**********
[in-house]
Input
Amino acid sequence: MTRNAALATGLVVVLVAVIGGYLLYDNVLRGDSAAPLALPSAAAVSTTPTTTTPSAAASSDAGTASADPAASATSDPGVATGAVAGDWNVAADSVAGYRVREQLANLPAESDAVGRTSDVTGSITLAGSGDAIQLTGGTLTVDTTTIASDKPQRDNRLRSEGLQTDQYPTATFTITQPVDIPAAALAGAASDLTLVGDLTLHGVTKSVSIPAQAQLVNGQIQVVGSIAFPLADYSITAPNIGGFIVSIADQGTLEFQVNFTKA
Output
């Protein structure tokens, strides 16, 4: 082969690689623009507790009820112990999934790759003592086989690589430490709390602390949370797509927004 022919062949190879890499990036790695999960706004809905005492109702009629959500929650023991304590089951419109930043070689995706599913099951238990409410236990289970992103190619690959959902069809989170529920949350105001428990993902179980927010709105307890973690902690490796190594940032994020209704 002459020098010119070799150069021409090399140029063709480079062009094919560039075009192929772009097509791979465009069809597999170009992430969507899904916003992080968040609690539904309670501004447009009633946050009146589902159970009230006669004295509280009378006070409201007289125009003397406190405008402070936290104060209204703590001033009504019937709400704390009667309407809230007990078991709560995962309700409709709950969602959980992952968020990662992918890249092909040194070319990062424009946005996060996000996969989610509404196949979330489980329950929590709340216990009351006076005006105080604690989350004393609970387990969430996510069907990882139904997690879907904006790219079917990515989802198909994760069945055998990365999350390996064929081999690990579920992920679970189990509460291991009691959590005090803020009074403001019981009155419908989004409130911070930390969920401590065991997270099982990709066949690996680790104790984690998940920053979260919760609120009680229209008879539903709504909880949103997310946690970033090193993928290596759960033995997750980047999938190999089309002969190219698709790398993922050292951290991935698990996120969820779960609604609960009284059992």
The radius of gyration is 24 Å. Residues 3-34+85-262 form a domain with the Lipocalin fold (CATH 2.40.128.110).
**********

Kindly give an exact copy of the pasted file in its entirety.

[in-house]
Input
Amino acid sequence: MTRNAALATGLVVVLVAVIGGYLLYDNVLRGDSAAPLALPSAAAVSTTPTTTTPSAAASSDAGTASADPAASATSDPGVATGAVAGDWNVAADSVAGYRVREQLANLPAESDAVGRTSDVTGSITLAGSGDAIQLTGGTLTVDTTTIASDKPQRDNRLRSEGLQTDQYPTATFTITQPVDIPAAALAGAASDLTLVGDLTLHGVTKSVSIPAQAQLVNGQIQVVGSIAFPLADYSITAPNIGGFIVSIADQGTLEFQVNFTKA
Output
């Protein structure tokens, strides 16, 4: 082969690689623009507790009820112990999934790759003592086989690589430490709390602390949370797509927004 022919062949190879890499990036790695999960706004809905005492109702009629959500929650023991304590089951419109930043070689995706599913099951238990409410236990289970992103190619690959959902069809989170529920949350105001428990993902179980927010709105307890973690902690490796190594940032994020209704 002459020098010119070799150069021409090399140029063709480079062009094919560039075009192929772009097509791979465009069809597999170009992430969507899904916003992080968040609690539904309670501004447009009633946050009146589902159970009230006669004295509280009378006070409201007289125009003397406190405008402070936290104060209204703590001033009504019937709400704390009667309407809230007990078991709560995962309700409709709950969602959980992952968020990662992918890249092909040194070319990062424009946005996060996000996969989610509404196949979330489980329950929590709340216990009351006076005006105080604690989350004393609970387990969430996510069907990882139904997690879907904006790219079917990515989802198909994760069945055998990365999350390996064929081999690990579920992920679970189990509460291991009691959590005090803020009074403001019981009155419908989004409130911070930390969920401590065991997270099982990709066949690996680790104790984690998940920053979260919760609120009680229209008879539903709504909880949103997310946690970033090193993928290596759960033995997750980047999938190999089309002969190219698709790398993922050292951290991935698990996120969820779960609604609960009284059992």
The radius of gyration is 24 Å. Residues 3-34+85-262 form a domain with the Lipocalin fold (CATH 2.40.128.110).